Succeeds where much of science writing fails, by creating a clear path between pivotal moments in scientific history and the world as we know it today.
The breakthroughs that have had the most transformative practical impacts, from thermodynamics to the Internet.
Physics informs our understanding of how the world works – but more than that, key breakthroughs in physics have transformed everyday life. We journey back to ten separate days in history to understand how particular breakthroughs were achieved, meet the individuals responsible and see how each breakthrough has influenced our lives.
It is a unique selection. Focusing on practical impact means there is no room for Stephen Hawking’s work on black holes, or the discovery of the Higgs boson. Instead we have the relatively little-known Rudolf Clausius (thermodynamics) and Heike Kamerlingh Onnes (superconductivity), while Albert Einstein is included not for his theories of relativity but for the short paper that gave us E=mc2 (nuclear fission). Later chapters feature transistors, LEDs and the Internet.
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Connecting the world of scientific research with that of the every day is a difficult task but Brian Clegg’s Ten Days in Physics that Shook the World manages to strike a delicate balance between the two. Marking each of the ten days with its own scientific figurehead, Clegg takes us through the defining eras of science. Presented in digestible and compact chapters, we are able to weave between each era as we please. We visit Newton as he establishes his three laws of motion, jump forwards to the 19th century to observe Curie making history as the first female recipient of the Nobel Prize, and peer at the possibilities ahead for a future day eleven.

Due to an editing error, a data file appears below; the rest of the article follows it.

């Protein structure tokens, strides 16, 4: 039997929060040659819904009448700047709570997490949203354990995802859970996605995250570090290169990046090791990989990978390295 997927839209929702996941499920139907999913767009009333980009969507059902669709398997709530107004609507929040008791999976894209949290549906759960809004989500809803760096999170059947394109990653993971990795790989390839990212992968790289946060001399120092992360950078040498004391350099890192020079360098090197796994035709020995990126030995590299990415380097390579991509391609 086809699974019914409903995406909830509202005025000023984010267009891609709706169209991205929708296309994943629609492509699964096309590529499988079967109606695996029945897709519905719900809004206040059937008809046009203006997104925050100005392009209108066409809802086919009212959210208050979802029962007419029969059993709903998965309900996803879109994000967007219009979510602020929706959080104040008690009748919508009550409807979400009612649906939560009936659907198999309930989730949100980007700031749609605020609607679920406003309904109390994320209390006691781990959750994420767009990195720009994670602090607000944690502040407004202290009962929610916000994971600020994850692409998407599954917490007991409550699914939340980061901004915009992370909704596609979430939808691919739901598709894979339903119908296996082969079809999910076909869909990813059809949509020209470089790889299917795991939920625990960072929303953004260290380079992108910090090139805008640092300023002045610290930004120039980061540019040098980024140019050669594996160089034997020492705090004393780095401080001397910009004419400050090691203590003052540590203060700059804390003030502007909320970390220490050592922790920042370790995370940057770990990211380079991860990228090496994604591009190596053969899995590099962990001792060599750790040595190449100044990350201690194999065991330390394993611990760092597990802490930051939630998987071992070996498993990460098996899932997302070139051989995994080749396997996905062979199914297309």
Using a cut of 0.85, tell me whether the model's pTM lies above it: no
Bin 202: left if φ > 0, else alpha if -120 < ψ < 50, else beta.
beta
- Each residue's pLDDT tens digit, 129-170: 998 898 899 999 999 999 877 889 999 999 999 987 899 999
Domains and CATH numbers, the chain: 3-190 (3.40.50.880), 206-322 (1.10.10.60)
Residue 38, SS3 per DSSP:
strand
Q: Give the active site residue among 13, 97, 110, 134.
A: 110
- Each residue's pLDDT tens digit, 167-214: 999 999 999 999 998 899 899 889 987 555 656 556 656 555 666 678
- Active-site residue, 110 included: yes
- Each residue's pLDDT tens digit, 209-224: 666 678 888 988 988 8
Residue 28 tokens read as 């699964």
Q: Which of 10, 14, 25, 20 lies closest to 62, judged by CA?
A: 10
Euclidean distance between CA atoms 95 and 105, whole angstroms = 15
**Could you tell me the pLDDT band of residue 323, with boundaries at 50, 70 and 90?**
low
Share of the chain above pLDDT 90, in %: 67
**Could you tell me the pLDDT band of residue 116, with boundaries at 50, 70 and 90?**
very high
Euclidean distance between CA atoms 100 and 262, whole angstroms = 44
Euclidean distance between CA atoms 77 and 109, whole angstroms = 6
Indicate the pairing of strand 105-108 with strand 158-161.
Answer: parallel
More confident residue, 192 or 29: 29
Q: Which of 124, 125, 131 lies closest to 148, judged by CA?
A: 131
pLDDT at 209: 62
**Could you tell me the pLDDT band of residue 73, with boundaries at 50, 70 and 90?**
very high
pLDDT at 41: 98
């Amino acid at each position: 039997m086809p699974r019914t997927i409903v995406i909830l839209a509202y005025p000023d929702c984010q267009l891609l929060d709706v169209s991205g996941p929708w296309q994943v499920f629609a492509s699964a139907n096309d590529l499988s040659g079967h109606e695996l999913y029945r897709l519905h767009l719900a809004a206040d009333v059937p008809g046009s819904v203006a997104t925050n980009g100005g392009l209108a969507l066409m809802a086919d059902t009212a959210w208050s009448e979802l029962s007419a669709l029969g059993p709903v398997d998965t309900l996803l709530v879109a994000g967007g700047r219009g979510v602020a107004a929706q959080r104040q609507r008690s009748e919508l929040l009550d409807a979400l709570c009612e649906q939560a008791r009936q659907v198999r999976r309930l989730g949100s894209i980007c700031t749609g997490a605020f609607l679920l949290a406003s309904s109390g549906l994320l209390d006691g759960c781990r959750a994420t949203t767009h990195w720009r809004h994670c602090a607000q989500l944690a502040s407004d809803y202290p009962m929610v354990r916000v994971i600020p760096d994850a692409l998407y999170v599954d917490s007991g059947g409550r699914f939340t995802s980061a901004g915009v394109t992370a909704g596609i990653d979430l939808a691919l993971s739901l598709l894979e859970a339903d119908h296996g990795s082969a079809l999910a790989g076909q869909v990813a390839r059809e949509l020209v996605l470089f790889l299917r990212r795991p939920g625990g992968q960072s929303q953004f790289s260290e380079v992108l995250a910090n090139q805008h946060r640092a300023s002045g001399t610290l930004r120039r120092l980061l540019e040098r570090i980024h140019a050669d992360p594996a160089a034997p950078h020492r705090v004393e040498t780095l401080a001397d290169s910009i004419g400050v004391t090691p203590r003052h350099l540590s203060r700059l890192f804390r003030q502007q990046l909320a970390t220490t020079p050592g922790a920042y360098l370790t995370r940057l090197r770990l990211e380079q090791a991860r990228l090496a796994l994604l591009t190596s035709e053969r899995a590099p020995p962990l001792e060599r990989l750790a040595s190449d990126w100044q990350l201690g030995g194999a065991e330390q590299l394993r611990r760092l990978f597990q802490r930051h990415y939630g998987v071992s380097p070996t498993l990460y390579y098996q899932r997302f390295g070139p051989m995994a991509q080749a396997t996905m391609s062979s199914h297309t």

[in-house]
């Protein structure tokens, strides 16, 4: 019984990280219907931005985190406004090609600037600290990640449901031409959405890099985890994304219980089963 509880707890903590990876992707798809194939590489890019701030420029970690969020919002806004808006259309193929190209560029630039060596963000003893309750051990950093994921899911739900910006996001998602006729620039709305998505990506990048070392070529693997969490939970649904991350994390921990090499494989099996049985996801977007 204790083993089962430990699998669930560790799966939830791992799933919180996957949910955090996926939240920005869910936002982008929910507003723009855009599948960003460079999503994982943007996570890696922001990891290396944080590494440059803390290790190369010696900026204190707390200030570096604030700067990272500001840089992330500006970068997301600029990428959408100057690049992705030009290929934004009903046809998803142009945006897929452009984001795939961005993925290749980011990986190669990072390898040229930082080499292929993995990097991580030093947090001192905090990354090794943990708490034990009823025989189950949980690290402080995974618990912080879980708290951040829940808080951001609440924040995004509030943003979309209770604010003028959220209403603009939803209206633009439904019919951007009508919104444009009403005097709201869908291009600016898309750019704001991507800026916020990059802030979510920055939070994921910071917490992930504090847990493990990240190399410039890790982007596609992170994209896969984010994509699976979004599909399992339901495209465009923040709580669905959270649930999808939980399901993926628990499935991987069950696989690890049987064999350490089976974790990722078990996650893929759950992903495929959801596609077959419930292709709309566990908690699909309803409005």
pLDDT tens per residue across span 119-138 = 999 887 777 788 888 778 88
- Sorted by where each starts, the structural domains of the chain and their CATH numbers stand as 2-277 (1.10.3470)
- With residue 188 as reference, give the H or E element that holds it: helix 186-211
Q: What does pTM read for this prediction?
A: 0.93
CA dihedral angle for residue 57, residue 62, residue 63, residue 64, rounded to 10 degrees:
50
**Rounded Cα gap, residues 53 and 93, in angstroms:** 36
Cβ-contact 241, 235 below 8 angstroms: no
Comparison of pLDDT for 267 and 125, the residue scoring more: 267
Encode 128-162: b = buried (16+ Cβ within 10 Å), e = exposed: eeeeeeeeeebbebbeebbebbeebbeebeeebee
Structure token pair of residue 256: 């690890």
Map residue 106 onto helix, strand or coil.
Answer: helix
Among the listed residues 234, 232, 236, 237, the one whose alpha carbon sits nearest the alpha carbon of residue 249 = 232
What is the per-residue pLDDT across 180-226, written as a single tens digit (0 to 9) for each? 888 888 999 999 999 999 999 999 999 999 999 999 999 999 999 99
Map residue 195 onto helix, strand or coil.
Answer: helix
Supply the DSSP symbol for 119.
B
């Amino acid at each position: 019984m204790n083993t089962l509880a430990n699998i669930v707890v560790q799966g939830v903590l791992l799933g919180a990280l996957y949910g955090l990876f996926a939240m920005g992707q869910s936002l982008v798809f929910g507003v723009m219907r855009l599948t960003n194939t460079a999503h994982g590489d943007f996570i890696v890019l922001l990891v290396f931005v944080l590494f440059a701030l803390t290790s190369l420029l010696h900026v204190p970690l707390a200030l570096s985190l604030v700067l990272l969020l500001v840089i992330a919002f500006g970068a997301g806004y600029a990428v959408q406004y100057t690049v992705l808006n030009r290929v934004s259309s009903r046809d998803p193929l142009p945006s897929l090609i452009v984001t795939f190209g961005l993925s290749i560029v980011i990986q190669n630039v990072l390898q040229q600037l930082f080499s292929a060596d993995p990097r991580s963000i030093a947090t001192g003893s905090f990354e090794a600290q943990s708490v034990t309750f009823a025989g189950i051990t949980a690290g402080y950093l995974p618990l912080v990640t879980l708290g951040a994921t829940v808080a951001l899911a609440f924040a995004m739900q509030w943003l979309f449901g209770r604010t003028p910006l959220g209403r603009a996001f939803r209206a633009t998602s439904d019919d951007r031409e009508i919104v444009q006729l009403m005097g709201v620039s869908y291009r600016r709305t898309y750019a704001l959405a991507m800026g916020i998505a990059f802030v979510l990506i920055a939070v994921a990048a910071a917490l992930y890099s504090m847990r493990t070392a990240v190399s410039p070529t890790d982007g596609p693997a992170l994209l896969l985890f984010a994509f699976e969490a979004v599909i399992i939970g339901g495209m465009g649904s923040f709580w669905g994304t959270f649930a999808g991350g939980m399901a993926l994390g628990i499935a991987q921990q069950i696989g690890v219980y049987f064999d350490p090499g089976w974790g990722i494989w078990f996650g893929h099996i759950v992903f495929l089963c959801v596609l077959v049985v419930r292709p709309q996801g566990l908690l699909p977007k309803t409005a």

Those in search of a well-written account of the world of science should look no further. Whether it’s radioactivity or relativity, superconductivity or supercomputers, Clegg’s Ten Days covers it. Those with prior scientific knowledge stand to learn more about the historical and social context of the discoveries that lead their studies, while those taking their first steps into science can do so steadily – avoiding a bombardment of mathematical formulae. Ten Days in Physics That Shook the World succeeds where much of science writing fails, by creating a clear path between pivotal moments in scientific history and the world as we know it today. Lily Pagano, Reaction
Clegg writes well in an informative and accessible way. Physics can of course get complex very quickly, and also the maths associated with many of the cutting edge insights, this book however remains readable and a really good potential entry point for younger readers looking to have a big picture view on what physics is, and how our best and brightest have gradually learned more about it. A nice book, well written, and hopefully it will find a receptive audience for its positive interpretation of why physics remains invaluable to our lives. Simon Cocking, Irish Tech News
Clegg is a skilled wordsmith and this is a light, easy read, filled with intriguing details, such as Kamerlingh Onnes's near-indecipherable lab notebook or the programming error that crashed the computer on the first attempt to use the internet's predecessor the ARPAnet… a good balance between history and science. Peet Morris, Popular Science book review site
Constitutes an engaging read not just for engineers and scientists, but for a broad ‘general’ audience… To me, one of the book’s best features is the section, present in each chapter, that portrays the inventor as a person, adding a human face to their discovery. Vitali Vitaliev, E&T Magazine
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